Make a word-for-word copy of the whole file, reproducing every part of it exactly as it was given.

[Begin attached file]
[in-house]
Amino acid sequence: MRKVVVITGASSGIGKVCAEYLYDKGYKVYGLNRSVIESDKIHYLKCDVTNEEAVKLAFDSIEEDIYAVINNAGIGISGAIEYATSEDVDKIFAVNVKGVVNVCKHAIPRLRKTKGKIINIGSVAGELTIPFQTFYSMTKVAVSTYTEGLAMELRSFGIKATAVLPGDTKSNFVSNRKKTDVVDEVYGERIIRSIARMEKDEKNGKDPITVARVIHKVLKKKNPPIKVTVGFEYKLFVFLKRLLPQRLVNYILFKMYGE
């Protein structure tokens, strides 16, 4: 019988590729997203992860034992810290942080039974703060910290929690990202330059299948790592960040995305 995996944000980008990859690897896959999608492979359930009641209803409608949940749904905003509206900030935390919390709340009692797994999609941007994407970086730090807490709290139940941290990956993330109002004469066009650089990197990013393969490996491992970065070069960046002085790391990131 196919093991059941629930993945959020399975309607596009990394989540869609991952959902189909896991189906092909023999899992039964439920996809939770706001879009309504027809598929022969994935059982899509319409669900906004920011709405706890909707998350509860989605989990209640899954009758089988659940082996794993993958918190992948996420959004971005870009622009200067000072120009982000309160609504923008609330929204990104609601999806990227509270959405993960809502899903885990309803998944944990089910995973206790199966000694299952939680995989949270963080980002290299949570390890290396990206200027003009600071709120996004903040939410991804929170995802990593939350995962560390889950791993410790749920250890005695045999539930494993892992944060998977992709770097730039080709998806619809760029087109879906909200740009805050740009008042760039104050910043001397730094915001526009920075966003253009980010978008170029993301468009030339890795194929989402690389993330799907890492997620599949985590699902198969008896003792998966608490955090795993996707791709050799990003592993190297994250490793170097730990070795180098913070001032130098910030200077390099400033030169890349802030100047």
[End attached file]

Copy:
[in-house]
Amino acid sequence: MRKVVVITGASSGIGKVCAEYLYDKGYKVYGLNRSVIESDKIHYLKCDVTNEEAVKLAFDSIEEDIYAVINNAGIGISGAIEYATSEDVDKIFAVNVKGVVNVCKHAIPRLRKTKGKIINIGSVAGELTIPFQTFYSMTKVAVSTYTEGLAMELRSFGIKATAVLPGDTKSNFVSNRKKTDVVDEVYGERIIRSIARMEKDEKNGKDPITVARVIHKVLKKKNPPIKVTVGFEYKLFVFLKRLLPQRLVNYILFKMYGE
């Protein structure tokens, strides 16, 4: 019988590729997203992860034992810290942080039974703060910290929690990202330059299948790592960040995305 995996944000980008990859690897896959999608492979359930009641209803409608949940749904905003509206900030935390919390709340009692797994999609941007994407970086730090807490709290139940941290990956993330109002004469066009650089990197990013393969490996491992970065070069960046002085790391990131 196919093991059941629930993945959020399975309607596009990394989540869609991952959902189909896991189906092909023999899992039964439920996809939770706001879009309504027809598929022969994935059982899509319409669900906004920011709405706890909707998350509860989605989990209640899954009758089988659940082996794993993958918190992948996420959004971005870009622009200067000072120009982000309160609504923008609330929204990104609601999806990227509270959405993960809502899903885990309803998944944990089910995973206790199966000694299952939680995989949270963080980002290299949570390890290396990206200027003009600071709120996004903040939410991804929170995802990593939350995962560390889950791993410790749920250890005695045999539930494993892992944060998977992709770097730039080709998806619809760029087109879906909200740009805050740009008042760039104050910043001397730094915001526009920075966003253009980010978008170029993301468009030339890795194929989402690389993330799907890492997620599949985590699902198969008896003792998966608490955090795993996707791709050799990003592993190297994250490793170097730990070795180098913070001032130098910030200077390099400033030169890349802030100047």